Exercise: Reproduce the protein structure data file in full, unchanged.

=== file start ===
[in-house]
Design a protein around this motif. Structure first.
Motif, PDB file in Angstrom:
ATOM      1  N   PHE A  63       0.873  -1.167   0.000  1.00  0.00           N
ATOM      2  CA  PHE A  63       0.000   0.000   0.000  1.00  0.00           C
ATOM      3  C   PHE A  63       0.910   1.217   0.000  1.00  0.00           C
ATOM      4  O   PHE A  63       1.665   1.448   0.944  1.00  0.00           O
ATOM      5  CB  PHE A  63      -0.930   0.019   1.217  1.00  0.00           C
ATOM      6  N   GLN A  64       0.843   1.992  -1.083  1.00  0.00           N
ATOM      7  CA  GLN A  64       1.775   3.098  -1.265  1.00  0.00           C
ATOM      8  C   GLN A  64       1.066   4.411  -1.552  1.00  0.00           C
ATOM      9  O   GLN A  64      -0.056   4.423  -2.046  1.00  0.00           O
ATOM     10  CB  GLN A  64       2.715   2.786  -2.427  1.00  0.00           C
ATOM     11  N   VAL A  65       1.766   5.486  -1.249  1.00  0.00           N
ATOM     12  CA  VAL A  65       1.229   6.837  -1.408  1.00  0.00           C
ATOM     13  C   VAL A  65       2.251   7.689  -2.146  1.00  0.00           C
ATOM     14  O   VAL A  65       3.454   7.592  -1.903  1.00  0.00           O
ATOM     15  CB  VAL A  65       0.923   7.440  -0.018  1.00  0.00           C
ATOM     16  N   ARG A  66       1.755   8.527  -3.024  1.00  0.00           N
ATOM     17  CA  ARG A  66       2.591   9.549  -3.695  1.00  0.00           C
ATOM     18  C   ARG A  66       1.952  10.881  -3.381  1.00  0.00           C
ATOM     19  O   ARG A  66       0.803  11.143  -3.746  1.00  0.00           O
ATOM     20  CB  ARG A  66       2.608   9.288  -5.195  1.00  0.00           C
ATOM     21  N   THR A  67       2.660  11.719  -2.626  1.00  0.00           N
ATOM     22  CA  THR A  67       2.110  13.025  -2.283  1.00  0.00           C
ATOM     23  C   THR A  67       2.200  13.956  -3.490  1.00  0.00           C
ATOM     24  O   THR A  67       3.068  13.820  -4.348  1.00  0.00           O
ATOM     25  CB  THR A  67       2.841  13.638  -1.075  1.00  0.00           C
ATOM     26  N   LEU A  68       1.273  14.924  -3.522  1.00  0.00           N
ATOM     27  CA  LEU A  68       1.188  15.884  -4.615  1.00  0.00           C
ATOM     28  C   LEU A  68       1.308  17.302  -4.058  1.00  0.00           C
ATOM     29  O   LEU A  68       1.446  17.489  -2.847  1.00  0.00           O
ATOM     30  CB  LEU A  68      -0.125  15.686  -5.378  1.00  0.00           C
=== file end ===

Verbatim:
[in-house]
Design a protein around this motif. Structure first.
Motif, PDB file in Angstrom:
ATOM      1  N   PHE A  63       0.873  -1.167   0.000  1.00  0.00           N
ATOM      2  CA  PHE A  63       0.000   0.000   0.000  1.00  0.00           C
ATOM      3  C   PHE A  63       0.910   1.217   0.000  1.00  0.00           C
ATOM      4  O   PHE A  63       1.665   1.448   0.944  1.00  0.00           O
ATOM      5  CB  PHE A  63      -0.930   0.019   1.217  1.00  0.00           C
ATOM      6  N   GLN A  64       0.843   1.992  -1.083  1.00  0.00           N
ATOM      7  CA  GLN A  64       1.775   3.098  -1.265  1.00  0.00           C
ATOM      8  C   GLN A  64       1.066   4.411  -1.552  1.00  0.00           C
ATOM      9  O   GLN A  64      -0.056   4.423  -2.046  1.00  0.00           O
ATOM     10  CB  GLN A  64       2.715   2.786  -2.427  1.00  0.00           C
ATOM     11  N   VAL A  65       1.766   5.486  -1.249  1.00  0.00           N
ATOM     12  CA  VAL A  65       1.229   6.837  -1.408  1.00  0.00           C
ATOM     13  C   VAL A  65       2.251   7.689  -2.146  1.00  0.00           C
ATOM     14  O   VAL A  65       3.454   7.592  -1.903  1.00  0.00           O
ATOM     15  CB  VAL A  65       0.923   7.440  -0.018  1.00  0.00           C
ATOM     16  N   ARG A  66       1.755   8.527  -3.024  1.00  0.00           N
ATOM     17  CA  ARG A  66       2.591   9.549  -3.695  1.00  0.00           C
ATOM     18  C   ARG A  66       1.952  10.881  -3.381  1.00  0.00           C
ATOM     19  O   ARG A  66       0.803  11.143  -3.746  1.00  0.00           O
ATOM     20  CB  ARG A  66       2.608   9.288  -5.195  1.00  0.00           C
ATOM     21  N   THR A  67       2.660  11.719  -2.626  1.00  0.00           N
ATOM     22  CA  THR A  67       2.110  13.025  -2.283  1.00  0.00           C
ATOM     23  C   THR A  67       2.200  13.956  -3.490  1.00  0.00           C
ATOM     24  O   THR A  67       3.068  13.820  -4.348  1.00  0.00           O
ATOM     25  CB  THR A  67       2.841  13.638  -1.075  1.00  0.00           C
ATOM     26  N   LEU A  68       1.273  14.924  -3.522  1.00  0.00           N
ATOM     27  CA  LEU A  68       1.188  15.884  -4.615  1.00  0.00           C
ATOM     28  C   LEU A  68       1.308  17.302  -4.058  1.00  0.00           C
ATOM     29  O   LEU A  68       1.446  17.489  -2.847  1.00  0.00           O
ATOM     30  CB  LEU A  68      -0.125  15.686  -5.378  1.00  0.00           C